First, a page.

Dr Kasumi Murai An author from the Wellcome Sanger Institute
“Medical imaging procedures using radiation, such as CT scans and x-rays, have a very low level of risk – so low that it’s hard to measure. This research is helping us understand more about the effects of low doses of radiation and the risks it may carry. More research is needed to understand the effects in people.”
Professor Phil Jones Lead author from the Wellcome Sanger Institute and MRC Cancer Unit, University of Cambridge
The team suggests this research also highlights the possibility of developing therapies to prevent cancer. By making healthy cells fitter they naturally push out cancer-capable cells, without any toxic side effects for the patient.
David Fernandez-Antoran et al. (2019) Outcompeting p53-mutant cells in the normal esophagus by redox manipulation. Cell Stem Cell. DOI: 10.1016/j.stem.2019.06.011
This study was supported by the European Union (FP7-Euratom-Fission award 323267), the Medical Research Council, Wellcome (098051 and 296194) and Cancer Research UK (C609/A17257).
The mission of the University of Cambridge is to contribute to society through the pursuit of education, learning and research at the highest international levels of excellence. To date, 107 affiliates of the University have won the Nobel Prize.
Founded in 1209, the University comprises 31 autonomous Colleges, which admit undergraduates and provide small-group tuition, and 150 departments, faculties and institutions. Cambridge is a global university. Its 19,000 student body includes 3,700 international students from 120 countries. Cambridge researchers collaborate with colleagues worldwide, and the University has established larger-scale partnerships in Asia, Africa and America.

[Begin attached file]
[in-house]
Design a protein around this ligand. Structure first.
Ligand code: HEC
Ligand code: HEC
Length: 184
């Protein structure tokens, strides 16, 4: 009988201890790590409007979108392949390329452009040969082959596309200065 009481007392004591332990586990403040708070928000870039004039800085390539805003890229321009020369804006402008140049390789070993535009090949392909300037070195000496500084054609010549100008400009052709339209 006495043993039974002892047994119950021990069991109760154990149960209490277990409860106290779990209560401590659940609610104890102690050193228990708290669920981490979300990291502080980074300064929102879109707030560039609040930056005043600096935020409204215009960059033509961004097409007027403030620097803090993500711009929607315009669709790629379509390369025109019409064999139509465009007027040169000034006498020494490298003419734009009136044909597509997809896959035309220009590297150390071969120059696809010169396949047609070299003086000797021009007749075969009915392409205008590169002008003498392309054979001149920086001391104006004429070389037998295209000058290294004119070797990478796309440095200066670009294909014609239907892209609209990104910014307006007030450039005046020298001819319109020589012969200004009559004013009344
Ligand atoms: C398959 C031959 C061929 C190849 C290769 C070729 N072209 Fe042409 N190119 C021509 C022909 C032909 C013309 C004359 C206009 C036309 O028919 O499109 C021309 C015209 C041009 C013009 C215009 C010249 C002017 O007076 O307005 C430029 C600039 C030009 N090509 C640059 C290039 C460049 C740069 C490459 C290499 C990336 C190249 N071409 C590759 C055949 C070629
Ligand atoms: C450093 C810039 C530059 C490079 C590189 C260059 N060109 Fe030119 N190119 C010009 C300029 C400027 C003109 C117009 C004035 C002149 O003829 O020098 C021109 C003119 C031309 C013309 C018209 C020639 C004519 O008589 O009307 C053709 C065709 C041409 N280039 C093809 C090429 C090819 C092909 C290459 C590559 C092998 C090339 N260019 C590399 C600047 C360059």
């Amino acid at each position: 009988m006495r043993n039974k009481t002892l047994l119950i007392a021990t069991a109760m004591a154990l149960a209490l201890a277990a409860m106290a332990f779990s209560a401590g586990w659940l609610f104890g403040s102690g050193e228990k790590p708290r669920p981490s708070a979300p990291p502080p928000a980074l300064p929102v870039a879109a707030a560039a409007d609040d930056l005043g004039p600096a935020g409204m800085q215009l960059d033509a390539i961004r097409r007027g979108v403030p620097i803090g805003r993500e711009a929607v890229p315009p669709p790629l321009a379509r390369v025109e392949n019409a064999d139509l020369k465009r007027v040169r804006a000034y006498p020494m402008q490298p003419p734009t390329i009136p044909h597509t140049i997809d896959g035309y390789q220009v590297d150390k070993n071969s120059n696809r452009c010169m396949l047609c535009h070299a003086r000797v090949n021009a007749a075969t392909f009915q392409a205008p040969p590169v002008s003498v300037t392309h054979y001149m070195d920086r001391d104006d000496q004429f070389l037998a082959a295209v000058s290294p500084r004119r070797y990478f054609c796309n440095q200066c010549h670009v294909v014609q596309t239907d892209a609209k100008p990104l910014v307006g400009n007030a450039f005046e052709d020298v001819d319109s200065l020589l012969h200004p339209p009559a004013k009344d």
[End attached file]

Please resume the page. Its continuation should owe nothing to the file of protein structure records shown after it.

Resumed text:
The University sits at the heart of the ‘Cambridge cluster’, which employs 60,000 people and has in excess of £12 billion in turnover generated annually by the 4,700 knowledge-intensive firms in and around the city. The city publishes 341 patents per 100,000 residents. www.cam.ac.uk
The Wellcome Sanger Institute is a world leading genomics research centre. We undertake large-scale research that forms the foundations of knowledge in biology and medicine. We are open and collaborative; our data, results, tools and technologies are shared across the globe to advance science. Our ambition is vast – we take on projects that are not possible anywhere else. We use the power of genome sequencing to understand and harness the information in DNA. Funded by Wellcome, we have the freedom and support to push the boundaries of genomics. Our findings are used to improve health and to understand life on Earth. Find out more at www.sanger.ac.uk or follow us on Twitter, Facebook, LinkedIn and on our Blog.
Wellcome exists to improve health by helping great ideas to thrive. We support researchers, we take on big health challenges, we campaign for better science, and we help everyone get involved with science and health research. We are a politically and financially independent foundation.
Related blog posts
Cancer: Rogue Cells
This animation describes how cancer grows within the body and how different factors can lead to cancer development.
Role of Cancer Genes
This flash animation shows you how DNA mutations are involved in the development of cancer.
17 Jun 2021
Study identifies trigger for ‘head-to-tail’ axis development in human embryo
Researchers have mapped, in new detail, the genetic changes that a human embryo goes through as it develops.
14 Jun 2021
Computer method to help predict outcomes and tailor treatments for patients with inherited heart diseases
Clinicians and scientists analysed how individual genetic changes affect the heart muscle and created a new computer tool to integrate genomic ...